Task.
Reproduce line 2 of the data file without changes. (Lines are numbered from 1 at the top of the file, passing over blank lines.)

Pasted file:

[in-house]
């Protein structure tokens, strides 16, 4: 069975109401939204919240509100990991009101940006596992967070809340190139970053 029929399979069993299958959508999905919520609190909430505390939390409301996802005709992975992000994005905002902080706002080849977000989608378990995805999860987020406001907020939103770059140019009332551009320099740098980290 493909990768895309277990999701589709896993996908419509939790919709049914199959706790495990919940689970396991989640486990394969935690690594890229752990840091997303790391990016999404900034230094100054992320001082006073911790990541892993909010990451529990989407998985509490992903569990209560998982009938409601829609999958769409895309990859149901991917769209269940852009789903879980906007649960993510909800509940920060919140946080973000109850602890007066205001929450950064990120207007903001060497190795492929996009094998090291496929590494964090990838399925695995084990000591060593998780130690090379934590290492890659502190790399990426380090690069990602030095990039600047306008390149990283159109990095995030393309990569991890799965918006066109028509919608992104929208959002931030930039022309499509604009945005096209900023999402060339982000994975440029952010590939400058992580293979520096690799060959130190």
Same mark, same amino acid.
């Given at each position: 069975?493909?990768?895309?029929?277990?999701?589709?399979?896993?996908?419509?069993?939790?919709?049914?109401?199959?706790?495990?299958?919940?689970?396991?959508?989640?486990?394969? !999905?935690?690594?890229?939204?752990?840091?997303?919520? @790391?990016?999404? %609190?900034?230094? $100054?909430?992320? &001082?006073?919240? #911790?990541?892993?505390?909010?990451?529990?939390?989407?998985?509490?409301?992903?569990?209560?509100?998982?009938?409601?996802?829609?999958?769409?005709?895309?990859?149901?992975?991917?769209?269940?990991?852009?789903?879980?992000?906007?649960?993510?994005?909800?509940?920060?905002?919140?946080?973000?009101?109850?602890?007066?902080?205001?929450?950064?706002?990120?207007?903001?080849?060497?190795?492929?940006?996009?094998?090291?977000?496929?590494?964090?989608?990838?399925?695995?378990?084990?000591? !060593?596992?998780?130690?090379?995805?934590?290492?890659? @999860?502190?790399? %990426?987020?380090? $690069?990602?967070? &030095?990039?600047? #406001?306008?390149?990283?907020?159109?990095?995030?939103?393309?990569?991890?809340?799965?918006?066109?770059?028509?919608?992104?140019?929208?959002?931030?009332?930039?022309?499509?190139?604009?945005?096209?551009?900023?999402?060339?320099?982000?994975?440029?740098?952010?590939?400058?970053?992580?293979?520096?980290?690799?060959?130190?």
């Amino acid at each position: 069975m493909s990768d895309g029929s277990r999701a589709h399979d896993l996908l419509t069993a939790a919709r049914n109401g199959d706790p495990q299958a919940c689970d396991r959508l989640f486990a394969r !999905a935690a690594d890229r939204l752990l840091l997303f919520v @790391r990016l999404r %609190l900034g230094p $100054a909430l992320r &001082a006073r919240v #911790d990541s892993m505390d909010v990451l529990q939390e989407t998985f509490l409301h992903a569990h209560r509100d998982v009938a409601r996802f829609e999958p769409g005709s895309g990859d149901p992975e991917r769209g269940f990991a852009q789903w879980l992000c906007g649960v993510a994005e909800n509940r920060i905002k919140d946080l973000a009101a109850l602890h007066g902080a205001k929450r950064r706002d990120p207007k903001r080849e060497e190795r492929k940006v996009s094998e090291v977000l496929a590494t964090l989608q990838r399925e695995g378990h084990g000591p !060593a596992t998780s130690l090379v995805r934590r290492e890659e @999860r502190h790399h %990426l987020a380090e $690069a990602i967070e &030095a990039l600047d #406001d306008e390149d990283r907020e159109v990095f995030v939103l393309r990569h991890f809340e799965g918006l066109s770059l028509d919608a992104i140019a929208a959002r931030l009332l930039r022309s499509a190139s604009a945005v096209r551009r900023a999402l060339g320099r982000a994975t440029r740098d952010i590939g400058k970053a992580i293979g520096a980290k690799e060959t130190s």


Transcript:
């Protein structure tokens, strides 16, 4: 069975109401939204919240509100990991009101940006596992967070809340190139970053 029929399979069993299958959508999905919520609190909430505390939390409301996802005709992975992000994005905002902080706002080849977000989608378990995805999860987020406001907020939103770059140019009332551009320099740098980290 493909990768895309277990999701589709896993996908419509939790919709049914199959706790495990919940689970396991989640486990394969935690690594890229752990840091997303790391990016999404900034230094100054992320001082006073911790990541892993909010990451529990989407998985509490992903569990209560998982009938409601829609999958769409895309990859149901991917769209269940852009789903879980906007649960993510909800509940920060919140946080973000109850602890007066205001929450950064990120207007903001060497190795492929996009094998090291496929590494964090990838399925695995084990000591060593998780130690090379934590290492890659502190790399990426380090690069990602030095990039600047306008390149990283159109990095995030393309990569991890799965918006066109028509919608992104929208959002931030930039022309499509604009945005096209900023999402060339982000994975440029952010590939400058992580293979520096690799060959130190």